All illustrations are by the author, Jason Robles
Before I became a web designer, I was a comic book illustrator. To develop my craft, I frequented local comic book stores to pick up my favorite titles and spent countless hours locked in my room learning the discipline. My early work even attracted the attention of Marvel Comics; I was invited to its HQ at the age of 13 for a position as a penciller (the experience was awesome but I turned down the job).
In hindsight, I realize some skills I honed as an illustrator translate to my new passion—creating digital experiences through design.
Designing for the web (if on a team) generally involves multiple disciplines in collaboration with one another. The comic book field is also a collaborative one. There are pencilers working alongside inkers (who, minus coding, are akin to developers in the web world), copywriters, colorists, letterers, and editors. The work dynamic is essentially the same; everyone knows it takes a super team to create a comic book.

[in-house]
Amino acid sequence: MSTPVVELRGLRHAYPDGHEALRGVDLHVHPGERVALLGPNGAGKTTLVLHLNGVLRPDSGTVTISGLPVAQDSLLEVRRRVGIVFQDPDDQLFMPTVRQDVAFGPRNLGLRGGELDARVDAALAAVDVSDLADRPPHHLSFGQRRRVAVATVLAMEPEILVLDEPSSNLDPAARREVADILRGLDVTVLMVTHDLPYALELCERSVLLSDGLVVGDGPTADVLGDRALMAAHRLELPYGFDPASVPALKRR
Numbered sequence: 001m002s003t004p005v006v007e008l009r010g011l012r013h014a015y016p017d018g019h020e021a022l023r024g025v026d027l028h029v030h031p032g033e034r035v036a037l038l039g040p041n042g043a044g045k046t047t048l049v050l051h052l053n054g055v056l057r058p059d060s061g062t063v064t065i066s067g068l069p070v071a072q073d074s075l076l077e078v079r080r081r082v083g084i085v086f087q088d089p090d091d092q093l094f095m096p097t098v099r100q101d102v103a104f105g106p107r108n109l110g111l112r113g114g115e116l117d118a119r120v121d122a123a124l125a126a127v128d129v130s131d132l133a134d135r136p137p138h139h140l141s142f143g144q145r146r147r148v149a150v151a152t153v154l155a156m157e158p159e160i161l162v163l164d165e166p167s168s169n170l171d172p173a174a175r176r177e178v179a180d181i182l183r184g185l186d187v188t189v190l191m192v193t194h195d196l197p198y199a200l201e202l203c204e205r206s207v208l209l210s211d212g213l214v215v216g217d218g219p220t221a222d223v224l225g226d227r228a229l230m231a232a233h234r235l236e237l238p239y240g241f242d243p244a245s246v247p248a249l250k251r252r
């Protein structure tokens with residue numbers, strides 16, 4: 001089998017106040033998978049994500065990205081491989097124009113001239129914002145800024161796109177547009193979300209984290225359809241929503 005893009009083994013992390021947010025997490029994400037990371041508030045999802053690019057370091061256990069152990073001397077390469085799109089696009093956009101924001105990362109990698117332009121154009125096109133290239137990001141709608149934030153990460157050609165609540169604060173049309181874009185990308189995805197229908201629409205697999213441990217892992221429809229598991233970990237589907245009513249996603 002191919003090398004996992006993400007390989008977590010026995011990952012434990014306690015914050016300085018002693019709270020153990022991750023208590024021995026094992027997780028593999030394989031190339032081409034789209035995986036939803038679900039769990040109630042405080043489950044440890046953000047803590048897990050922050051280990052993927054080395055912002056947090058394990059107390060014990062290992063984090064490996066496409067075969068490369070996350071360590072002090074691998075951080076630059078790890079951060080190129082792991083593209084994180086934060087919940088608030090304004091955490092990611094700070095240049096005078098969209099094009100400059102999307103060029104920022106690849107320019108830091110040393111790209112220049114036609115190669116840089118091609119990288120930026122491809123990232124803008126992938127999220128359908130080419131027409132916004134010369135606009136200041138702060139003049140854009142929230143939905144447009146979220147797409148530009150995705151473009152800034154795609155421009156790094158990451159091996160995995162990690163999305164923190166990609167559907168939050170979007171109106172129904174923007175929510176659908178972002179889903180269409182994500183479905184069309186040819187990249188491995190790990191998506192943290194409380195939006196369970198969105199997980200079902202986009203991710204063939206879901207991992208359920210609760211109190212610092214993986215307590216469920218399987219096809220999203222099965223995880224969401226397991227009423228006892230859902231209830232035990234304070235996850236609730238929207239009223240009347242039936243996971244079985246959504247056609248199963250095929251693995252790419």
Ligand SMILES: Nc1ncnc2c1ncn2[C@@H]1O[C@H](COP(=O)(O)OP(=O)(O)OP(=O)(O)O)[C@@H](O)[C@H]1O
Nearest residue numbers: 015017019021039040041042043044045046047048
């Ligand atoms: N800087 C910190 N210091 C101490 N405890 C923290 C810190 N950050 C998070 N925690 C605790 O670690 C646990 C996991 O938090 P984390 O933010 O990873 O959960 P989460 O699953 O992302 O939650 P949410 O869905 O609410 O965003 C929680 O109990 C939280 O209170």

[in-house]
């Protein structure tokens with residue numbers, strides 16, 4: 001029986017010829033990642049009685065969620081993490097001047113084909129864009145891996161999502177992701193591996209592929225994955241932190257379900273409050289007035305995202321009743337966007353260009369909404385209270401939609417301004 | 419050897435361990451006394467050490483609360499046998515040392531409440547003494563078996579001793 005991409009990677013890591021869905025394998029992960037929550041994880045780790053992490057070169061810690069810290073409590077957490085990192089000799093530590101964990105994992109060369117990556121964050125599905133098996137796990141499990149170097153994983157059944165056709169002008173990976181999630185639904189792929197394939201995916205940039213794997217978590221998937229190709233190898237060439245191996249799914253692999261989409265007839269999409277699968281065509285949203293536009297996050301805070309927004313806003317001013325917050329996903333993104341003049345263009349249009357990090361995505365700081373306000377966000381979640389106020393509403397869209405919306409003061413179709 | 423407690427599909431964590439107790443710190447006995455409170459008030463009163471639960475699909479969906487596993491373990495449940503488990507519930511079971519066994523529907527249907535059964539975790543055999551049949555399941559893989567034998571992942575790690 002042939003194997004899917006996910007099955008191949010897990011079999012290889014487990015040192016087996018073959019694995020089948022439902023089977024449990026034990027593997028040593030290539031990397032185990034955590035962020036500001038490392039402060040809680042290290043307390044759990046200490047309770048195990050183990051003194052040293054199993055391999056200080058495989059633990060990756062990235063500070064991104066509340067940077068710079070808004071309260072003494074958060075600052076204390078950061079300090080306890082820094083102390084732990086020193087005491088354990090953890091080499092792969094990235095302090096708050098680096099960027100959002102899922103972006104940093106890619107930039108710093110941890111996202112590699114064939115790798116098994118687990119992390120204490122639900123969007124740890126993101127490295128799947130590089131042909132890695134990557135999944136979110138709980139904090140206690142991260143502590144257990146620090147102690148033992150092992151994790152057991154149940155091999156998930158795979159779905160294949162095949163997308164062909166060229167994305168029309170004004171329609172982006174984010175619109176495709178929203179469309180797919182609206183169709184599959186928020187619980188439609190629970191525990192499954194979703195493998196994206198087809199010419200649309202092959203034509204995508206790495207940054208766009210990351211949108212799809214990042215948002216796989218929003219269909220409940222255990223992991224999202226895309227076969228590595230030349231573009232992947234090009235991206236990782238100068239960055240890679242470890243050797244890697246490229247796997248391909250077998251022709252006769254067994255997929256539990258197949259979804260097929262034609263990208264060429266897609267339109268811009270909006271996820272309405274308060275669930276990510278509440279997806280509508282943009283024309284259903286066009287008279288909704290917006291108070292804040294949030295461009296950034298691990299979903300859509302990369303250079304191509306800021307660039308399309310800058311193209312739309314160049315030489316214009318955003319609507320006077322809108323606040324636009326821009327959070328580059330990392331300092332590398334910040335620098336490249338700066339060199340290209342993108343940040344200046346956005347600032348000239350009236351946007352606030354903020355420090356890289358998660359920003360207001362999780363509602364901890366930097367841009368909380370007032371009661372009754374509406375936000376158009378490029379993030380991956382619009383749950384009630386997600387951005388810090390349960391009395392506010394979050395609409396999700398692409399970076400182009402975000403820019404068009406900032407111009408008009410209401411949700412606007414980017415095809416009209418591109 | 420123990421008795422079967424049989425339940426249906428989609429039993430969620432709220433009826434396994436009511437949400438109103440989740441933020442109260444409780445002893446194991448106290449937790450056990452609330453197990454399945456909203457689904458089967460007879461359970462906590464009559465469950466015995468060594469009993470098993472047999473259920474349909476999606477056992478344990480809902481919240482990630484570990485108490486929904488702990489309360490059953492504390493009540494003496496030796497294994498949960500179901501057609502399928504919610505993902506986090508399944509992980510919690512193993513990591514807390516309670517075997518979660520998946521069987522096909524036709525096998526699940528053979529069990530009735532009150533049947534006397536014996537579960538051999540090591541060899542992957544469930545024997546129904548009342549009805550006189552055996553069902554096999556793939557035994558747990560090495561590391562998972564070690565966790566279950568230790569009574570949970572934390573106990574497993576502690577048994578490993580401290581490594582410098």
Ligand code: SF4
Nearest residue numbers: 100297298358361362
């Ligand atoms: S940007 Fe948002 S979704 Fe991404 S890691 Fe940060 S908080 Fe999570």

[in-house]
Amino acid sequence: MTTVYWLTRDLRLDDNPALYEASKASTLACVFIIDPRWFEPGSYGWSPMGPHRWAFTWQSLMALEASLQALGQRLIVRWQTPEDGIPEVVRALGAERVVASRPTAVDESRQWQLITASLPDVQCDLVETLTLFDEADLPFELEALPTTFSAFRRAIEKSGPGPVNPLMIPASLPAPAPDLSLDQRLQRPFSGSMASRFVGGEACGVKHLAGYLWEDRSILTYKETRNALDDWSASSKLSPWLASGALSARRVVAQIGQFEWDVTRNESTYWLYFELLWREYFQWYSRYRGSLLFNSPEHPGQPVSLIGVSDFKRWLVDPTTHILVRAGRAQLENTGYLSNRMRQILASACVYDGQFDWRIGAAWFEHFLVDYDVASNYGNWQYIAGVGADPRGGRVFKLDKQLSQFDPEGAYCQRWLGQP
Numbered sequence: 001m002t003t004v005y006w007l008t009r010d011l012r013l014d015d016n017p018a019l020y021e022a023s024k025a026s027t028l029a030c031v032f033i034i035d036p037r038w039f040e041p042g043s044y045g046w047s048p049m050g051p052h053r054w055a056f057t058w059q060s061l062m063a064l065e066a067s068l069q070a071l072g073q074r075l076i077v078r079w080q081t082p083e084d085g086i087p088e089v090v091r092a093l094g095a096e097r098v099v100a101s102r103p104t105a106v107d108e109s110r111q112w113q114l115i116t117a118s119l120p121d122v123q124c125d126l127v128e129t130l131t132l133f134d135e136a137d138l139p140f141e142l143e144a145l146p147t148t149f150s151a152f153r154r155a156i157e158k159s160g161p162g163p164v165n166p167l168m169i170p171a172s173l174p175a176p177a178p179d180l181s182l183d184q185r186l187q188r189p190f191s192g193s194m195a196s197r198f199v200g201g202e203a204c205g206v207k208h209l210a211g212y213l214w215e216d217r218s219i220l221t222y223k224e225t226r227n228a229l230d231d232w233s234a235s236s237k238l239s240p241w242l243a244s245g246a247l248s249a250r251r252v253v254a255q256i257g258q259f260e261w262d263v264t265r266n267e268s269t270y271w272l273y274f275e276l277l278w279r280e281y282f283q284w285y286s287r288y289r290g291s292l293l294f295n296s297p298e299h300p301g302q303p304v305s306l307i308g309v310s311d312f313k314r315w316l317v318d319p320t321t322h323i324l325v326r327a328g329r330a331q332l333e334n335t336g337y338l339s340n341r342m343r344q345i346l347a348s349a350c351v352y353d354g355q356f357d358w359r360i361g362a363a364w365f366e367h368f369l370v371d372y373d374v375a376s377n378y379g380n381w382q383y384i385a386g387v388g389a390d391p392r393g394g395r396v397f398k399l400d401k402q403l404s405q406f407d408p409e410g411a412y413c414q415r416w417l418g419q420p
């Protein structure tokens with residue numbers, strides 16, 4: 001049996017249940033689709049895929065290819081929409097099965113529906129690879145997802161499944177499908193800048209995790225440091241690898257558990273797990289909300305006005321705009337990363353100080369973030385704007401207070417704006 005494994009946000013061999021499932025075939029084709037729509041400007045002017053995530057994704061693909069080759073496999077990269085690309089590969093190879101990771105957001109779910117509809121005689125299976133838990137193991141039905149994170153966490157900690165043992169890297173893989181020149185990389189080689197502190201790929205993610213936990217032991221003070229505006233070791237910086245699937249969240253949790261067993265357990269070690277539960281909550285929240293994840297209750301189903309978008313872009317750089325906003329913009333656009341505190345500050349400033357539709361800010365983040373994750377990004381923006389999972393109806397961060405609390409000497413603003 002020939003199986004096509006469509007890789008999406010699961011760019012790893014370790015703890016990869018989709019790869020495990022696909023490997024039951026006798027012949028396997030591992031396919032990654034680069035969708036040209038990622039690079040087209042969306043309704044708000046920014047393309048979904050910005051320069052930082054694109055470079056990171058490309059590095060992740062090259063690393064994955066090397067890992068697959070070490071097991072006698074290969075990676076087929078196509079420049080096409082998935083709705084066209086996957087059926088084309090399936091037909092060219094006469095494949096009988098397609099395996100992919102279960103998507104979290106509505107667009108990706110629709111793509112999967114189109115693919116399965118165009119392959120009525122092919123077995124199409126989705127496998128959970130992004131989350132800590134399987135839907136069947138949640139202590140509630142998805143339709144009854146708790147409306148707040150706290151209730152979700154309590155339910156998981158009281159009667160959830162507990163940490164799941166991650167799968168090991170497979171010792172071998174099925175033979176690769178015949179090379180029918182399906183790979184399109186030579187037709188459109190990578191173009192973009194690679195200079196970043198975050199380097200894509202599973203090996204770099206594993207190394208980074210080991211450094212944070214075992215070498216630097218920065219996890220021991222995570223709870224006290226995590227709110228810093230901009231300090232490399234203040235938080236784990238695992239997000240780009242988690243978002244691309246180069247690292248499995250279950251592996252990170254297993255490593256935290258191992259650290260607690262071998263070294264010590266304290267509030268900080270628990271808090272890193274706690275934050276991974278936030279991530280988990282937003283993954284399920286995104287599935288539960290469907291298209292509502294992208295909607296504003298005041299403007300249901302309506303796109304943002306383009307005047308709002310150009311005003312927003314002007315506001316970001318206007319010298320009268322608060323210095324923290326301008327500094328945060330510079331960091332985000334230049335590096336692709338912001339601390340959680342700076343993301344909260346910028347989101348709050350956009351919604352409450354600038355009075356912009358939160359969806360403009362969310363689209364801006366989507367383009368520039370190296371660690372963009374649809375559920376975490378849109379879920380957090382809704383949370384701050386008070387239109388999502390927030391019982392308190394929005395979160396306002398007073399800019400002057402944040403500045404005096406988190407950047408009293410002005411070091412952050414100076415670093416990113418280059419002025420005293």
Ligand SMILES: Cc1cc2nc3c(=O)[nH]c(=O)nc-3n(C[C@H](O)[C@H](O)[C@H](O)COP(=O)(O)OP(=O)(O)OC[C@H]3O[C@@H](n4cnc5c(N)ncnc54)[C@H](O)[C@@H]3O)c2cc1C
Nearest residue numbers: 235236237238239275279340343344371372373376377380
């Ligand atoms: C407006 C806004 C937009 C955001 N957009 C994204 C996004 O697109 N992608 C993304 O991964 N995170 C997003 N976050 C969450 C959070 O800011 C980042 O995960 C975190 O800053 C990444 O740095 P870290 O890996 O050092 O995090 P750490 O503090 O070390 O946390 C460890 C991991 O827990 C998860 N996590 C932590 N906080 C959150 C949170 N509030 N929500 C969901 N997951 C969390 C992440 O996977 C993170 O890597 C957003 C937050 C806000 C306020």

Yes, comic books are responsive. For instance, grid-based web design creates a more dynamic asymmetrical variance of sizes to make for interesting displays in hierarchy, and is very similar to today’s modern comic. Open a comic and you'll notice that no two pages are alike. While you do have the implementation of grids, each is laid out differently. Couple this with responsive design and the possibilities for amazing content are endless.
Comics have been dynamically created since the 1837 advent of The Adventures of Obadiah Oldbuck. Web designers share similar rules of visual communication, such as breaking the grid, the use or lack of borders, and even creating splash pages (a la your hero page) to convey a message.
If there’s one thing us web designers definitely share with comic book creators, it’s our mutual love for exploration and innovation:
"I try not to do anything that's too close to what I've done before. And the nice thing is we have a big universe here. It's filled with new ideas. All you have to do is grab them."
For web designers, our universe isn’t just big—it’s ever-expanding. Always evolving. In one word: it’s infinite. And the best part is, it’s ours to create.
Published by: Jason Robles in Blog